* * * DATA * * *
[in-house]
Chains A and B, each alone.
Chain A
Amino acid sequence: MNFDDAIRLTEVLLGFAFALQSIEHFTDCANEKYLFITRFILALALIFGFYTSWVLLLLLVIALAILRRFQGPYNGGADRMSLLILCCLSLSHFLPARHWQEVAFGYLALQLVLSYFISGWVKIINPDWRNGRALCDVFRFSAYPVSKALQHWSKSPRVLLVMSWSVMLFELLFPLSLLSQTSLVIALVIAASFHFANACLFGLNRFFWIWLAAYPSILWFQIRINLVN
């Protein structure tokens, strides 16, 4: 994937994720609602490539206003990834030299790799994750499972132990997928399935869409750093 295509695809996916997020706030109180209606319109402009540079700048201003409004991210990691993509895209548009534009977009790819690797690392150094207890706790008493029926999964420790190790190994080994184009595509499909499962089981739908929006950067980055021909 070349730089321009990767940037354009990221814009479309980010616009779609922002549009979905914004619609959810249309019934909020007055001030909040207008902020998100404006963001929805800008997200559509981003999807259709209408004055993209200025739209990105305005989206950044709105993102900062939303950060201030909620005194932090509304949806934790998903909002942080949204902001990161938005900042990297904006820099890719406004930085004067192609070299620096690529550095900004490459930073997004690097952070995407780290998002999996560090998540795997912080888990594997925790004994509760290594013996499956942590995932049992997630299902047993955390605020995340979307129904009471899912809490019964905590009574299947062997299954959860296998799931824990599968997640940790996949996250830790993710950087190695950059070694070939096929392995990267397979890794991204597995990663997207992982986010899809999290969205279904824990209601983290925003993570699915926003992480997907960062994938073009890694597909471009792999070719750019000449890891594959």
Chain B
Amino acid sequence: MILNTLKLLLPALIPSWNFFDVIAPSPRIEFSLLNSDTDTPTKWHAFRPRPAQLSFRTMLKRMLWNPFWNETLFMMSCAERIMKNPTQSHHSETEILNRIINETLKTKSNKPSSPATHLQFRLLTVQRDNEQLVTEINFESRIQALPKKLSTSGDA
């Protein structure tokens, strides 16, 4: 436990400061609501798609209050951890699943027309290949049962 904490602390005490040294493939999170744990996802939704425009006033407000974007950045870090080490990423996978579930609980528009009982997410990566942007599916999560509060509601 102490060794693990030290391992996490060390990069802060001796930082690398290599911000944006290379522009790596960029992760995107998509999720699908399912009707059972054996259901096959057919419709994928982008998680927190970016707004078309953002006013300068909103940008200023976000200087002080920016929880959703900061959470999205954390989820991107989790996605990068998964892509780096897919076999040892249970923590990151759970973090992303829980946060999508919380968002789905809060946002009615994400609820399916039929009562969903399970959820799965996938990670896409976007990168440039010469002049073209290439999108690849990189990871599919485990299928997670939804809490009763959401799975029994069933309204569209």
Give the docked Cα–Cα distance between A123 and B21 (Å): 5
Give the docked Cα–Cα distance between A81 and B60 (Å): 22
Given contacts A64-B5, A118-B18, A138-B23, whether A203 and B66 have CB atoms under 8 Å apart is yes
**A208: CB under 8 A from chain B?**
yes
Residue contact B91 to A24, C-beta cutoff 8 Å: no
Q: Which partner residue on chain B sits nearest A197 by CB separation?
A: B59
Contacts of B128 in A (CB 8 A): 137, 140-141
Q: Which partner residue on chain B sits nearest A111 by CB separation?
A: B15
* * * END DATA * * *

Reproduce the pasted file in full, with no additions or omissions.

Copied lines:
[in-house]
Chains A and B, each alone.
Chain A
Amino acid sequence: MNFDDAIRLTEVLLGFAFALQSIEHFTDCANEKYLFITRFILALALIFGFYTSWVLLLLLVIALAILRRFQGPYNGGADRMSLLILCCLSLSHFLPARHWQEVAFGYLALQLVLSYFISGWVKIINPDWRNGRALCDVFRFSAYPVSKALQHWSKSPRVLLVMSWSVMLFELLFPLSLLSQTSLVIALVIAASFHFANACLFGLNRFFWIWLAAYPSILWFQIRINLVN
């Protein structure tokens, strides 16, 4: 994937994720609602490539206003990834030299790799994750499972132990997928399935869409750093 295509695809996916997020706030109180209606319109402009540079700048201003409004991210990691993509895209548009534009977009790819690797690392150094207890706790008493029926999964420790190790190994080994184009595509499909499962089981739908929006950067980055021909 070349730089321009990767940037354009990221814009479309980010616009779609922002549009979905914004619609959810249309019934909020007055001030909040207008902020998100404006963001929805800008997200559509981003999807259709209408004055993209200025739209990105305005989206950044709105993102900062939303950060201030909620005194932090509304949806934790998903909002942080949204902001990161938005900042990297904006820099890719406004930085004067192609070299620096690529550095900004490459930073997004690097952070995407780290998002999996560090998540795997912080888990594997925790004994509760290594013996499956942590995932049992997630299902047993955390605020995340979307129904009471899912809490019964905590009574299947062997299954959860296998799931824990599968997640940790996949996250830790993710950087190695950059070694070939096929392995990267397979890794991204597995990663997207992982986010899809999290969205279904824990209601983290925003993570699915926003992480997907960062994938073009890694597909471009792999070719750019000449890891594959």
Chain B
Amino acid sequence: MILNTLKLLLPALIPSWNFFDVIAPSPRIEFSLLNSDTDTPTKWHAFRPRPAQLSFRTMLKRMLWNPFWNETLFMMSCAERIMKNPTQSHHSETEILNRIINETLKTKSNKPSSPATHLQFRLLTVQRDNEQLVTEINFESRIQALPKKLSTSGDA
């Protein structure tokens, strides 16, 4: 436990400061609501798609209050951890699943027309290949049962 904490602390005490040294493939999170744990996802939704425009006033407000974007950045870090080490990423996978579930609980528009009982997410990566942007599916999560509060509601 102490060794693990030290391992996490060390990069802060001796930082690398290599911000944006290379522009790596960029992760995107998509999720699908399912009707059972054996259901096959057919419709994928982008998680927190970016707004078309953002006013300068909103940008200023976000200087002080920016929880959703900061959470999205954390989820991107989790996605990068998964892509780096897919076999040892249970923590990151759970973090992303829980946060999508919380968002789905809060946002009615994400609820399916039929009562969903399970959820799965996938990670896409976007990168440039010469002049073209290439999108690849990189990871599919485990299928997670939804809490009763959401799975029994069933309204569209």
Give the docked Cα–Cα distance between A123 and B21 (Å): 5
Give the docked Cα–Cα distance between A81 and B60 (Å): 22
Given contacts A64-B5, A118-B18, A138-B23, whether A203 and B66 have CB atoms under 8 Å apart is yes
**A208: CB under 8 A from chain B?**
yes
Residue contact B91 to A24, C-beta cutoff 8 Å: no
Q: Which partner residue on chain B sits nearest A197 by CB separation?
A: B59
Contacts of B128 in A (CB 8 A): 137, 140-141
Q: Which partner residue on chain B sits nearest A111 by CB separation?
A: B15